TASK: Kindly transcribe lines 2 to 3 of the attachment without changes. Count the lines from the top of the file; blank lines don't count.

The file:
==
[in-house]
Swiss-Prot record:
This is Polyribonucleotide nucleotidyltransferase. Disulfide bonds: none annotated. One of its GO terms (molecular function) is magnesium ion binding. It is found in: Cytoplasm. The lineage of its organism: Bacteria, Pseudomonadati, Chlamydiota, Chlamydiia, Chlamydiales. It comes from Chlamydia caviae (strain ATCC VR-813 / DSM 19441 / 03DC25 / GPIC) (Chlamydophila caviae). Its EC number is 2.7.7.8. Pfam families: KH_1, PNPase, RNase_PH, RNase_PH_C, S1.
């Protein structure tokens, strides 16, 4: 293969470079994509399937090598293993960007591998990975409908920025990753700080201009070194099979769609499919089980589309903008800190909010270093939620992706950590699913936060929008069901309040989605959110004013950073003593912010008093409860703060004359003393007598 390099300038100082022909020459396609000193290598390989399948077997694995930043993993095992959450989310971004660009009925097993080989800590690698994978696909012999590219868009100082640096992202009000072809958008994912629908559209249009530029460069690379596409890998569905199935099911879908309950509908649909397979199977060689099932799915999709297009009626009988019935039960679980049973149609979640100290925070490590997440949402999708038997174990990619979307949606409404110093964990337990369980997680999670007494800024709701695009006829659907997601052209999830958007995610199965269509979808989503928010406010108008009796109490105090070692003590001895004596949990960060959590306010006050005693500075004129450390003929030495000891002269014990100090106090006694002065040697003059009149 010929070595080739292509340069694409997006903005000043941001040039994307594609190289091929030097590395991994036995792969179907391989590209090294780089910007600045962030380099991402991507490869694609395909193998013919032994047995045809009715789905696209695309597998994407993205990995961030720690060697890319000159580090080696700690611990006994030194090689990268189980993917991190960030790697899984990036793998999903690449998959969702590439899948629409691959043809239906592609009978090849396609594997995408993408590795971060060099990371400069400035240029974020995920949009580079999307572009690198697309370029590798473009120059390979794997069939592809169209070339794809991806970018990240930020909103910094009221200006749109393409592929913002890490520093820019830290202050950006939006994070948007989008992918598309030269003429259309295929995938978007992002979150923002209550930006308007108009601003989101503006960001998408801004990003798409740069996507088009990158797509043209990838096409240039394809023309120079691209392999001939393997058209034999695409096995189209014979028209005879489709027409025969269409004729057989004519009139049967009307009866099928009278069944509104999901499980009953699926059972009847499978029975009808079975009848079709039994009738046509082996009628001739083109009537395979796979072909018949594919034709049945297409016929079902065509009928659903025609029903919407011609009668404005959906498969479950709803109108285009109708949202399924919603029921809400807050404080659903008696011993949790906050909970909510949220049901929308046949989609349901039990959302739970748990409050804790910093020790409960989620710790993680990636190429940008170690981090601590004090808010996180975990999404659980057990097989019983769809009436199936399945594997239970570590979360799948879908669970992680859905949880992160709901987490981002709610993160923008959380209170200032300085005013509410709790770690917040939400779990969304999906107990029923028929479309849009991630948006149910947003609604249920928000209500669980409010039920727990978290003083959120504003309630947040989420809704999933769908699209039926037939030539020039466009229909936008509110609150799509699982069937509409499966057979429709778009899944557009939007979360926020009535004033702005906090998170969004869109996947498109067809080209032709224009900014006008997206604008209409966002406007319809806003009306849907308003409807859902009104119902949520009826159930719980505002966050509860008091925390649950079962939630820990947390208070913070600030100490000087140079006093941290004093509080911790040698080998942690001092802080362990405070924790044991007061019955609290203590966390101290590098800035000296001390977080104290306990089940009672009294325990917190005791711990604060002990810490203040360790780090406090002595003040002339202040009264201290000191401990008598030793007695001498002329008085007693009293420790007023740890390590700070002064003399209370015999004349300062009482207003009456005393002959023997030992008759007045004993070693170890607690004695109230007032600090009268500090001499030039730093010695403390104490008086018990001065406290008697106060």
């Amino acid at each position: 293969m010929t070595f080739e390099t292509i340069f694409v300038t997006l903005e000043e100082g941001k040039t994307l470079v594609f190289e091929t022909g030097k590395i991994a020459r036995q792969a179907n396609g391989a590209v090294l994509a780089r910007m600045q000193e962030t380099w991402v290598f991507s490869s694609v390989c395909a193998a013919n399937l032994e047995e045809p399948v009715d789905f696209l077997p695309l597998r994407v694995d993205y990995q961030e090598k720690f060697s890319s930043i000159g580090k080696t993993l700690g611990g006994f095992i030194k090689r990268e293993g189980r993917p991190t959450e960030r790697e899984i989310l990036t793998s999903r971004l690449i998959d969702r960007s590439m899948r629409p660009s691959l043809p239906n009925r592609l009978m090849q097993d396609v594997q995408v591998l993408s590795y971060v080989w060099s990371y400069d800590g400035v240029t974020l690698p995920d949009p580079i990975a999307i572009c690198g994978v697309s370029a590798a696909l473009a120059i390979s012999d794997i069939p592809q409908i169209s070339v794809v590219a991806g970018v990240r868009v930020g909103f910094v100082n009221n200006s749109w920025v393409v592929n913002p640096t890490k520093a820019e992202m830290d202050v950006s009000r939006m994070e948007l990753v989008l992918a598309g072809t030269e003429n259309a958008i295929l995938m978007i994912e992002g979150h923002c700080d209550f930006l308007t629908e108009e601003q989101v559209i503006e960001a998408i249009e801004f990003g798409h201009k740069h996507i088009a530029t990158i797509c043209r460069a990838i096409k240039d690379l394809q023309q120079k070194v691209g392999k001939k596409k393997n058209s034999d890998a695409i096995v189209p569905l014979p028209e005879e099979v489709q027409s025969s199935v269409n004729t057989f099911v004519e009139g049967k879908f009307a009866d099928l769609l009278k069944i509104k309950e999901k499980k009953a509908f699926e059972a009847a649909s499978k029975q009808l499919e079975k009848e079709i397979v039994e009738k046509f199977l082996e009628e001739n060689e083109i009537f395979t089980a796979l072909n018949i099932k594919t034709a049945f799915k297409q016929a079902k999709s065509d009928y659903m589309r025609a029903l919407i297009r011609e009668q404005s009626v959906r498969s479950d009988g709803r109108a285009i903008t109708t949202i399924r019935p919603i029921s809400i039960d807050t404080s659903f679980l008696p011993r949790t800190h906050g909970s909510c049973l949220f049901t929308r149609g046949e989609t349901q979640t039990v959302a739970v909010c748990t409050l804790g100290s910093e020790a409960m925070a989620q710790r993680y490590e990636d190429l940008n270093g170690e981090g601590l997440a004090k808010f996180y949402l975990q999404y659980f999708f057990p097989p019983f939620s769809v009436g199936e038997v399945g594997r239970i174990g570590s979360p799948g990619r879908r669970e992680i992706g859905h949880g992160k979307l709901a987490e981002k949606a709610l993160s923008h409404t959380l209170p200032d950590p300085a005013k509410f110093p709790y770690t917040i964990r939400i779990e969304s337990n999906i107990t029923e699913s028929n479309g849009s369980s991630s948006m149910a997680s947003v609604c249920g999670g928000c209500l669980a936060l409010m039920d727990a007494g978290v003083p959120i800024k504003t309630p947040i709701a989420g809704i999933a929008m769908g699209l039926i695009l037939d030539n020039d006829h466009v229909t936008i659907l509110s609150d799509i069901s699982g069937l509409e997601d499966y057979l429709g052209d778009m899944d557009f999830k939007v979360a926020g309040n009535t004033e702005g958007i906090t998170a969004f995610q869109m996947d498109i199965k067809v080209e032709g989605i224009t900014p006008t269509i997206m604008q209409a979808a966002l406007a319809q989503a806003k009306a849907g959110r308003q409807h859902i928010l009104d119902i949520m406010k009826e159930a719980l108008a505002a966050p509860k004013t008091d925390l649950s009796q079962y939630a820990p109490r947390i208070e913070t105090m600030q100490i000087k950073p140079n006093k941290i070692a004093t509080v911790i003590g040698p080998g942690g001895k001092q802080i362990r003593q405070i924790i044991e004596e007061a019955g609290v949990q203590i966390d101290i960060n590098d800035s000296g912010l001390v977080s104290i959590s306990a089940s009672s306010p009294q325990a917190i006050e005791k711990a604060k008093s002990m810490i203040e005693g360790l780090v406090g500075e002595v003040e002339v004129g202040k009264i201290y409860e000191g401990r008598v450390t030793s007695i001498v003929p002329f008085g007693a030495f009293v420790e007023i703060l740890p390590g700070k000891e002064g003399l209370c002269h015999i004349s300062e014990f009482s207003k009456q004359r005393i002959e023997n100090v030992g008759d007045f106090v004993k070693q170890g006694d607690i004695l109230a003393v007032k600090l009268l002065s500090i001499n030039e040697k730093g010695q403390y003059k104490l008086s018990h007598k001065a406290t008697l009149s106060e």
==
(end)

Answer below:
Swiss-Prot record:
This is Polyribonucleotide nucleotidyltransferase. Disulfide bonds: none annotated. One of its GO terms (molecular function) is magnesium ion binding. It is found in: Cytoplasm. The lineage of its organism: Bacteria, Pseudomonadati, Chlamydiota, Chlamydiia, Chlamydiales. It comes from Chlamydia caviae (strain ATCC VR-813 / DSM 19441 / 03DC25 / GPIC) (Chlamydophila caviae). Its EC number is 2.7.7.8. Pfam families: KH_1, PNPase, RNase_PH, RNase_PH_C, S1.